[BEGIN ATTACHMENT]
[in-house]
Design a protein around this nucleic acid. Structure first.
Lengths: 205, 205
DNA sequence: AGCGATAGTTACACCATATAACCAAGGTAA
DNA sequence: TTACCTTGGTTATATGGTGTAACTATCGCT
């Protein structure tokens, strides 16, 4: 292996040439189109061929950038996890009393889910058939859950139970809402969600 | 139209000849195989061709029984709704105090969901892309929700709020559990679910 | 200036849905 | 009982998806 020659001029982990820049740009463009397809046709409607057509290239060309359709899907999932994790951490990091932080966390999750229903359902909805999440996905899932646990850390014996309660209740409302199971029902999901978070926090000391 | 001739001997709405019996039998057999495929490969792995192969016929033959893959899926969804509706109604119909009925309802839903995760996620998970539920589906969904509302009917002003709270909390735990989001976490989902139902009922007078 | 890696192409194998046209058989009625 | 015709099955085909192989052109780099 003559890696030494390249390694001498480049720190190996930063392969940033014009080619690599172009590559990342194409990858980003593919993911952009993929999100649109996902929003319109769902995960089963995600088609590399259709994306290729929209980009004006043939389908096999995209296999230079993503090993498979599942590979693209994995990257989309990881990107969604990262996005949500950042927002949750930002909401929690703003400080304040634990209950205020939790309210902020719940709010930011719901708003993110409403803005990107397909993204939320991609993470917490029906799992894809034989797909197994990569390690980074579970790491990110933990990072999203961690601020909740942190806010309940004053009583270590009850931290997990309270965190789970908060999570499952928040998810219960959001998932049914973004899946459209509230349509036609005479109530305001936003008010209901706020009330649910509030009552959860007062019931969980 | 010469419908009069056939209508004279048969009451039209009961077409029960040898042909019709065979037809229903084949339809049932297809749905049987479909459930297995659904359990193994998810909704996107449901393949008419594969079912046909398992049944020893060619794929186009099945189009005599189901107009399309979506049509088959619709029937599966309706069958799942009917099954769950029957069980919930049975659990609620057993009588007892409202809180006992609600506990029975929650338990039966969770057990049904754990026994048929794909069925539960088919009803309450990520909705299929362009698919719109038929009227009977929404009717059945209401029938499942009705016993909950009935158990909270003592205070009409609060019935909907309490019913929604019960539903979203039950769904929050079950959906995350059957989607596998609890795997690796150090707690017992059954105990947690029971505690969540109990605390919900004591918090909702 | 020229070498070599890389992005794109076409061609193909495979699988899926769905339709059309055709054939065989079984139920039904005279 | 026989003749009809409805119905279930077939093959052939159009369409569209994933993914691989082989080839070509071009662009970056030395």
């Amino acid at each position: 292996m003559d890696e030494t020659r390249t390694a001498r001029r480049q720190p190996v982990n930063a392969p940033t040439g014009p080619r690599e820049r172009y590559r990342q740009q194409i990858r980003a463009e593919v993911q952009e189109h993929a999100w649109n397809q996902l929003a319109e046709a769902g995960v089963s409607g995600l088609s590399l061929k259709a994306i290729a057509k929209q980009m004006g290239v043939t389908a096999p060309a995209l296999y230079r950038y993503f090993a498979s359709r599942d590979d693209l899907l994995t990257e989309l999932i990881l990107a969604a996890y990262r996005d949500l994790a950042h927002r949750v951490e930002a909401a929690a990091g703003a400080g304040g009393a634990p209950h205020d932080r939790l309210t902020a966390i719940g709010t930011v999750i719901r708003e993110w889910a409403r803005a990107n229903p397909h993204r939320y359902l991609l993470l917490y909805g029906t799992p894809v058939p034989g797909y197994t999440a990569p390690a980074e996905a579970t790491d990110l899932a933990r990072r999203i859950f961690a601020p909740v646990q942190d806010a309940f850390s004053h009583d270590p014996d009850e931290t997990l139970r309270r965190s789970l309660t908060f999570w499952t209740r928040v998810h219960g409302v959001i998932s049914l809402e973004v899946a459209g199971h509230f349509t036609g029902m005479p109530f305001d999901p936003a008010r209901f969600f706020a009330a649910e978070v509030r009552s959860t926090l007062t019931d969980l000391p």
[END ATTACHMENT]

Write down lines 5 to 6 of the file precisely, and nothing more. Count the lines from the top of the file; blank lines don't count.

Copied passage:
DNA sequence: TTACCTTGGTTATATGGTGTAACTATCGCT
């Protein structure tokens, strides 16, 4: 292996040439189109061929950038996890009393889910058939859950139970809402969600 | 139209000849195989061709029984709704105090969901892309929700709020559990679910 | 200036849905 | 009982998806 020659001029982990820049740009463009397809046709409607057509290239060309359709899907999932994790951490990091932080966390999750229903359902909805999440996905899932646990850390014996309660209740409302199971029902999901978070926090000391 | 001739001997709405019996039998057999495929490969792995192969016929033959893959899926969804509706109604119909009925309802839903995760996620998970539920589906969904509302009917002003709270909390735990989001976490989902139902009922007078 | 890696192409194998046209058989009625 | 015709099955085909192989052109780099 003559890696030494390249390694001498480049720190190996930063392969940033014009080619690599172009590559990342194409990858980003593919993911952009993929999100649109996902929003319109769902995960089963995600088609590399259709994306290729929209980009004006043939389908096999995209296999230079993503090993498979599942590979693209994995990257989309990881990107969604990262996005949500950042927002949750930002909401929690703003400080304040634990209950205020939790309210902020719940709010930011719901708003993110409403803005990107397909993204939320991609993470917490029906799992894809034989797909197994990569390690980074579970790491990110933990990072999203961690601020909740942190806010309940004053009583270590009850931290997990309270965190789970908060999570499952928040998810219960959001998932049914973004899946459209509230349509036609005479109530305001936003008010209901706020009330649910509030009552959860007062019931969980 | 010469419908009069056939209508004279048969009451039209009961077409029960040898042909019709065979037809229903084949339809049932297809749905049987479909459930297995659904359990193994998810909704996107449901393949008419594969079912046909398992049944020893060619794929186009099945189009005599189901107009399309979506049509088959619709029937599966309706069958799942009917099954769950029957069980919930049975659990609620057993009588007892409202809180006992609600506990029975929650338990039966969770057990049904754990026994048929794909069925539960088919009803309450990520909705299929362009698919719109038929009227009977929404009717059945209401029938499942009705016993909950009935158990909270003592205070009409609060019935909907309490019913929604019960539903979203039950769904929050079950959906995350059957989607596998609890795997690796150090707690017992059954105990947690029971505690969540109990605390919900004591918090909702 | 020229070498070599890389992005794109076409061609193909495979699988899926769905339709059309055709054939065989079984139920039904005279 | 026989003749009809409805119905279930077939093959052939159009369409569209994933993914691989082989080839070509071009662009970056030395």